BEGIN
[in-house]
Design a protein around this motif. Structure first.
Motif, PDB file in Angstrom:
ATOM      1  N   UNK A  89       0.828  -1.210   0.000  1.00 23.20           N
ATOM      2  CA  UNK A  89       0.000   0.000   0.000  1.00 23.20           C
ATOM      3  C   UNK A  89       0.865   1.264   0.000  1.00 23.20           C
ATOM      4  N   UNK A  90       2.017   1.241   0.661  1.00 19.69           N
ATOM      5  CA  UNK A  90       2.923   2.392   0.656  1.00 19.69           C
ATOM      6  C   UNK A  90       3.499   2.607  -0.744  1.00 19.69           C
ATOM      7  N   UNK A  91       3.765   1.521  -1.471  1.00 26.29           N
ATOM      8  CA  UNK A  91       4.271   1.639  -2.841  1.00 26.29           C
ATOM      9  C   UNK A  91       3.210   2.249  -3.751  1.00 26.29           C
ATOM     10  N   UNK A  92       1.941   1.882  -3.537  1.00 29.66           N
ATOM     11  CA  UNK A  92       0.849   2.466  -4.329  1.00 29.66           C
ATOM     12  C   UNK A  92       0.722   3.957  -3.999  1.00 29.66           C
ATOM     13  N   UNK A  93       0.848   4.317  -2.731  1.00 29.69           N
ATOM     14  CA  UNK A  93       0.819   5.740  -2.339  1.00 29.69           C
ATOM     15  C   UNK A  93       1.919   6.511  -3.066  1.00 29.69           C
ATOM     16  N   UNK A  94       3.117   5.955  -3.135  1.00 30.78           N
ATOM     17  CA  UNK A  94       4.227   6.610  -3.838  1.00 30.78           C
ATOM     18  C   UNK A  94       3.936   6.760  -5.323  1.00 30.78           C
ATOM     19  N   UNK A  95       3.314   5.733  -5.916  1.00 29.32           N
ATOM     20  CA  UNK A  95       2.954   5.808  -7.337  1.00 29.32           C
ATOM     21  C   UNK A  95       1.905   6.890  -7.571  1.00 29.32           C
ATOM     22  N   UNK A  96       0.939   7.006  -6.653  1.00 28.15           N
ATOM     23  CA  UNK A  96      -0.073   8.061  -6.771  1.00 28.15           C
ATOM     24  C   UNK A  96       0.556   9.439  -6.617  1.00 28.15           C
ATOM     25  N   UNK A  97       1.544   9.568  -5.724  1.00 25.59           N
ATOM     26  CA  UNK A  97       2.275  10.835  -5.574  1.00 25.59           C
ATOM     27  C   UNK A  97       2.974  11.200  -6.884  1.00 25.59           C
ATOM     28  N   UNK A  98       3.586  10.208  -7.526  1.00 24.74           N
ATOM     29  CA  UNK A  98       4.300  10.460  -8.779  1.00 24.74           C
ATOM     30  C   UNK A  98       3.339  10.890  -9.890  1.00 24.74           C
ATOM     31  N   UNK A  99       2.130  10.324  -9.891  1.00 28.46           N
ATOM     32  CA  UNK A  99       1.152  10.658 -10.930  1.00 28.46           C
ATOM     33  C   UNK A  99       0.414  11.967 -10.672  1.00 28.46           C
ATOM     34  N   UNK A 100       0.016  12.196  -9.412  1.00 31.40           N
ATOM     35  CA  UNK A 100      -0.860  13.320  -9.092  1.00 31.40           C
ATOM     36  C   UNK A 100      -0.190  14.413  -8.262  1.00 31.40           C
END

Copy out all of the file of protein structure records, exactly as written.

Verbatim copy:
[in-house]
Design a protein around this motif. Structure first.
Motif, PDB file in Angstrom:
ATOM      1  N   UNK A  89       0.828  -1.210   0.000  1.00 23.20           N
ATOM      2  CA  UNK A  89       0.000   0.000   0.000  1.00 23.20           C
ATOM      3  C   UNK A  89       0.865   1.264   0.000  1.00 23.20           C
ATOM      4  N   UNK A  90       2.017   1.241   0.661  1.00 19.69           N
ATOM      5  CA  UNK A  90       2.923   2.392   0.656  1.00 19.69           C
ATOM      6  C   UNK A  90       3.499   2.607  -0.744  1.00 19.69           C
ATOM      7  N   UNK A  91       3.765   1.521  -1.471  1.00 26.29           N
ATOM      8  CA  UNK A  91       4.271   1.639  -2.841  1.00 26.29           C
ATOM      9  C   UNK A  91       3.210   2.249  -3.751  1.00 26.29           C
ATOM     10  N   UNK A  92       1.941   1.882  -3.537  1.00 29.66           N
ATOM     11  CA  UNK A  92       0.849   2.466  -4.329  1.00 29.66           C
ATOM     12  C   UNK A  92       0.722   3.957  -3.999  1.00 29.66           C
ATOM     13  N   UNK A  93       0.848   4.317  -2.731  1.00 29.69           N
ATOM     14  CA  UNK A  93       0.819   5.740  -2.339  1.00 29.69           C
ATOM     15  C   UNK A  93       1.919   6.511  -3.066  1.00 29.69           C
ATOM     16  N   UNK A  94       3.117   5.955  -3.135  1.00 30.78           N
ATOM     17  CA  UNK A  94       4.227   6.610  -3.838  1.00 30.78           C
ATOM     18  C   UNK A  94       3.936   6.760  -5.323  1.00 30.78           C
ATOM     19  N   UNK A  95       3.314   5.733  -5.916  1.00 29.32           N
ATOM     20  CA  UNK A  95       2.954   5.808  -7.337  1.00 29.32           C
ATOM     21  C   UNK A  95       1.905   6.890  -7.571  1.00 29.32           C
ATOM     22  N   UNK A  96       0.939   7.006  -6.653  1.00 28.15           N
ATOM     23  CA  UNK A  96      -0.073   8.061  -6.771  1.00 28.15           C
ATOM     24  C   UNK A  96       0.556   9.439  -6.617  1.00 28.15           C
ATOM     25  N   UNK A  97       1.544   9.568  -5.724  1.00 25.59           N
ATOM     26  CA  UNK A  97       2.275  10.835  -5.574  1.00 25.59           C
ATOM     27  C   UNK A  97       2.974  11.200  -6.884  1.00 25.59           C
ATOM     28  N   UNK A  98       3.586  10.208  -7.526  1.00 24.74           N
ATOM     29  CA  UNK A  98       4.300  10.460  -8.779  1.00 24.74           C
ATOM     30  C   UNK A  98       3.339  10.890  -9.890  1.00 24.74           C
ATOM     31  N   UNK A  99       2.130  10.324  -9.891  1.00 28.46           N
ATOM     32  CA  UNK A  99       1.152  10.658 -10.930  1.00 28.46           C
ATOM     33  C   UNK A  99       0.414  11.967 -10.672  1.00 28.46           C
ATOM     34  N   UNK A 100       0.016  12.196  -9.412  1.00 31.40           N
ATOM     35  CA  UNK A 100      -0.860  13.320  -9.092  1.00 31.40           C
ATOM     36  C   UNK A 100      -0.190  14.413  -8.262  1.00 31.40           C